My path to atheism: Yours? Rebuttals?

Discussion in 'Religion' started by Dinosaur, Apr 1, 2017.

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  1. Fraggle Rocker Staff Member

    I'm a third-generation atheist, so I had no trouble with my family attempting to fill my head with fairytales. When I was seven, a kid about my age began to tell me about this fellow named "God" who lives in the sky and can see everything we do. I thought it was a remarkable story that he had invented, and I laughed appreciatively.

    But he didn't appreciate my laughter, which confused me terribly. When I got home that afternoon, I told my mother about the encounter. She got a very sad look in her eyes and asked me to sit down.

    She told me that most adults grow up believing in this particular fairytale. I was right on top of it, and said, "But you told me the truth about Santa Claus, the Tooth Fairy and the Easter Bunny. Didn't these grownups learn the truth from their parents, like I did?"

    At this point, her face became even sadder. She told me that most people grow up believing that God is real, and if I ever tried to explain to someone that God is not real, they might actually start beating me with sticks and bricks.

    Fortunately, I understood that part of the conversation, so I never tried to talk a religious person out of his religion--well at least until the late 1960s, when religion was out of favor.

    And by now I understand that you simply cannot get a religious person to understand logic and science. They're morons, so the best you can do is to treat them like morons.
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  3. harefarret Registered Member

    I had doubts ever since I was a little boy.

    I was didn't like conforming to the youth group mold and robotic dressing up every Sunday to rush last second to wave my arms around and close my eyes and listen to a droning, rehearsed sermon. The beliefs seemed silly to me. I always had a deep love for nature, and I began to contemplate things like the "ark" and talking snake stories.

    In my house growing up, the parents always taught that evolution was wrong and very sinful to even consider. So for awhile I strongly adhered to that brainwashed notion. Finally around college I started to realize how real and wonderful this biological process was in our world and realized we too evolved from a common ancestor. This and other arguments Christians couldn't rationalize, like why God lets some kids die horrific deaths while others are somehow (and in disproportionately lower numbers) "saved" ---er, made better by medical care.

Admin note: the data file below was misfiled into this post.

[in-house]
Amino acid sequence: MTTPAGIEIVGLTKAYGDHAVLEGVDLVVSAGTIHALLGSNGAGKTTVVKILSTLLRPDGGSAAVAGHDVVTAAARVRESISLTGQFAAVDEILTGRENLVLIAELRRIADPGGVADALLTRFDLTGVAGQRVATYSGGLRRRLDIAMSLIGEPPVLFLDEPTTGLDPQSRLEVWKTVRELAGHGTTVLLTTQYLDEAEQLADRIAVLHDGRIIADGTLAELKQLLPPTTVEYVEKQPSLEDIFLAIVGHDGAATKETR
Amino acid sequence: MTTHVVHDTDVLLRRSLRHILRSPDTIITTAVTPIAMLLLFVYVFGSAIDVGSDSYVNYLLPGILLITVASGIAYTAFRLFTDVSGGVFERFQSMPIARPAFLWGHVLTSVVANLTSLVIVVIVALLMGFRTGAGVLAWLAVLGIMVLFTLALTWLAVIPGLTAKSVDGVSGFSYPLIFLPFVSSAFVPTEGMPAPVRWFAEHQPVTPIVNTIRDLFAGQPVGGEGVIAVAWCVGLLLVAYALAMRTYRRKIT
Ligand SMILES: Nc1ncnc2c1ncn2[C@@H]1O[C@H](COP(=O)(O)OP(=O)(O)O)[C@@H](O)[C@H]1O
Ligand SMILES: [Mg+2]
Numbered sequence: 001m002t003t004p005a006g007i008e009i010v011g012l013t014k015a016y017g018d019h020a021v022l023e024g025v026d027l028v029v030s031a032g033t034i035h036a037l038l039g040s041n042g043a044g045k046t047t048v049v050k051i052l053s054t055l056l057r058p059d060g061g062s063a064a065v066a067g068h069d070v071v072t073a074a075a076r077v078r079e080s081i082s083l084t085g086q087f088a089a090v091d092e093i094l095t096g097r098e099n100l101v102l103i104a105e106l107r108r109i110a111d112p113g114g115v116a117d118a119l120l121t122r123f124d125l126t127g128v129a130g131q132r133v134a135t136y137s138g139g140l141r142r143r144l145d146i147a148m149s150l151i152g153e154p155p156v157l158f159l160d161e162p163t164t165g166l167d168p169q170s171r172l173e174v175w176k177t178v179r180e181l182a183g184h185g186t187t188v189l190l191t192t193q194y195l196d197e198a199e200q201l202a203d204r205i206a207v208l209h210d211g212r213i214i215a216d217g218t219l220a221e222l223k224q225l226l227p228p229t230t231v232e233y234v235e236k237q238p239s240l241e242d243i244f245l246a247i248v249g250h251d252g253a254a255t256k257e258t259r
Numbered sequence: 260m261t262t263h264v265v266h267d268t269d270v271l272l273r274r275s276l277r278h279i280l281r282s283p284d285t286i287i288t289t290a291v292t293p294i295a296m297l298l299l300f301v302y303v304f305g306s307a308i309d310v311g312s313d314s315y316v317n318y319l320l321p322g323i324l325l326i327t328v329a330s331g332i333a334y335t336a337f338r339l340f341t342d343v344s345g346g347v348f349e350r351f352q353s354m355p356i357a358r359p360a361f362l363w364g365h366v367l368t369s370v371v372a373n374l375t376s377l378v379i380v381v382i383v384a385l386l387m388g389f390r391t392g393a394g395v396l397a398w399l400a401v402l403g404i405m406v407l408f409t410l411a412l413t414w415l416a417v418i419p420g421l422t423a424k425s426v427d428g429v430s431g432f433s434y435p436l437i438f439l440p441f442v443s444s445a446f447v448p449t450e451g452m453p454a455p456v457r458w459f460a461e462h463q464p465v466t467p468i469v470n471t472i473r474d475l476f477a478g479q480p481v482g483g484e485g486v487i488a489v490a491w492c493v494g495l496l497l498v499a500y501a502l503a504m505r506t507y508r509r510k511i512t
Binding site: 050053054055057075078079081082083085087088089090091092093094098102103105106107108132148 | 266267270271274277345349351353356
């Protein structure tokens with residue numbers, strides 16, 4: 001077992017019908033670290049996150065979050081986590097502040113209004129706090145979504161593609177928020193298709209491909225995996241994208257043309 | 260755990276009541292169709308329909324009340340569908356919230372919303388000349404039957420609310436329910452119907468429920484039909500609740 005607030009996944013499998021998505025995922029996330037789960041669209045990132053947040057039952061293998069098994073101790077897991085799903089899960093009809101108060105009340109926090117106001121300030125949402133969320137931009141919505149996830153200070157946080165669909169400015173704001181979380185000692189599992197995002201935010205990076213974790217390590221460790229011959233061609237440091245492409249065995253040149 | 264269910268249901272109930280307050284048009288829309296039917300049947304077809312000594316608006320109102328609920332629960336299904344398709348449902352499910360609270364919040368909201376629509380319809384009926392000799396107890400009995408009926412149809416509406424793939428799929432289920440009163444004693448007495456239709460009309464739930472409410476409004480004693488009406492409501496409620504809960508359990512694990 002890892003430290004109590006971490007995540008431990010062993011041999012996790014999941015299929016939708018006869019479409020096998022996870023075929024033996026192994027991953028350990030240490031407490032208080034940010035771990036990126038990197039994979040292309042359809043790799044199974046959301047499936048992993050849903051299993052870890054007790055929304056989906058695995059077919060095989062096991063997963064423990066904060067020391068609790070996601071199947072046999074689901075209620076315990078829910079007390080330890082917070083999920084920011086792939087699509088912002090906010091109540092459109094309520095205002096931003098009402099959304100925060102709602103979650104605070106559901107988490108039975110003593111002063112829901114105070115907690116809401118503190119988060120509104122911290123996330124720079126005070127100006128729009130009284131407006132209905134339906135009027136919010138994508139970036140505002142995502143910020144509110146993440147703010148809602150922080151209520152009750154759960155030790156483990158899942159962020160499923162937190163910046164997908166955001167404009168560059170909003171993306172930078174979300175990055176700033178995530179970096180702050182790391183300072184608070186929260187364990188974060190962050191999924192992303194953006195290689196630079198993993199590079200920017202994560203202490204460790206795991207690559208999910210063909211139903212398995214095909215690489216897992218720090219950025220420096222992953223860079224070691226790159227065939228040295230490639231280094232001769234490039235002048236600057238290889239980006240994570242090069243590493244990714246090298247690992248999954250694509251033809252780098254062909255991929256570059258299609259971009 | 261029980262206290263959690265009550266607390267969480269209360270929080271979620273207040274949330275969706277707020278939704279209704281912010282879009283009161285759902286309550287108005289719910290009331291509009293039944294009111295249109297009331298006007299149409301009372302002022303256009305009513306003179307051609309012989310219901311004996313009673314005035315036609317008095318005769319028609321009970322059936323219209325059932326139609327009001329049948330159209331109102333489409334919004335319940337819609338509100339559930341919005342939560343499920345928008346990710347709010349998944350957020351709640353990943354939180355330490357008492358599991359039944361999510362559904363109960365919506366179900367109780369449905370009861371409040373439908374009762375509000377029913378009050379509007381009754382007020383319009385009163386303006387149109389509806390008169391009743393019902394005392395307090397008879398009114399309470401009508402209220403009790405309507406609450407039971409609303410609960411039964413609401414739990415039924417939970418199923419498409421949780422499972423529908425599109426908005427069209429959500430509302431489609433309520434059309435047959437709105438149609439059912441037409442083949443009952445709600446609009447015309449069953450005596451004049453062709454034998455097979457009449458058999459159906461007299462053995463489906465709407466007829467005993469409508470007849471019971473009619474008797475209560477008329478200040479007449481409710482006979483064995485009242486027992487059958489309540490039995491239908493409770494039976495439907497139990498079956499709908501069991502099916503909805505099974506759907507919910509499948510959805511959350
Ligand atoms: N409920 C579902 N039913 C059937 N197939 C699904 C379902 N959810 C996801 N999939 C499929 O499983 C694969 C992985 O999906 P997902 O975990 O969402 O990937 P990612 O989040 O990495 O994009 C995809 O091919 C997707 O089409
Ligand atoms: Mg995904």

I finally started to get comfortable being non religious in my 20's, maybe around 23-24. I'm 27 now. It is freeing to be fully comfortable in what you arrive at as truth. It's sad that being atheist/humanist or just plain non religious is so explicitly taboo in our country... But it's changing. Slowly but surely.
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  5. Dinosaur Rational Skeptic Valued Senior Member

    From DaveC426913 Post #7
    I considered the request for Abraham to murder his son to be demonic, not a request from a god worthy of worship.

    When I mentioned my view to a Sunday school teacher, she tried to justify the request. This led to some arguments/discussions.

    The result of the arguments/discussions was my concluding that the Abraham story was some evidence of a demonic god.

    Later, the story of Job seemed like more evidence that the god of the Bible was not worthy of worship. Job’s family was slaughtered to test Job’s faith & win an argument with Satan. The perpetrator of this act does not seem like a good entity to me.

    The above were the thoughts that led to my becoming an atheist.

    BTW: The Job story indicates that old testament beliefs viewed the offspring of a patriarch as his property, rather than as human beings with rights to life, liberty, & the pursuit of happiness.
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  7. sideshowbob Sorry, wrong number. Valued Senior Member

    I always hated going to church, so that probably contributed.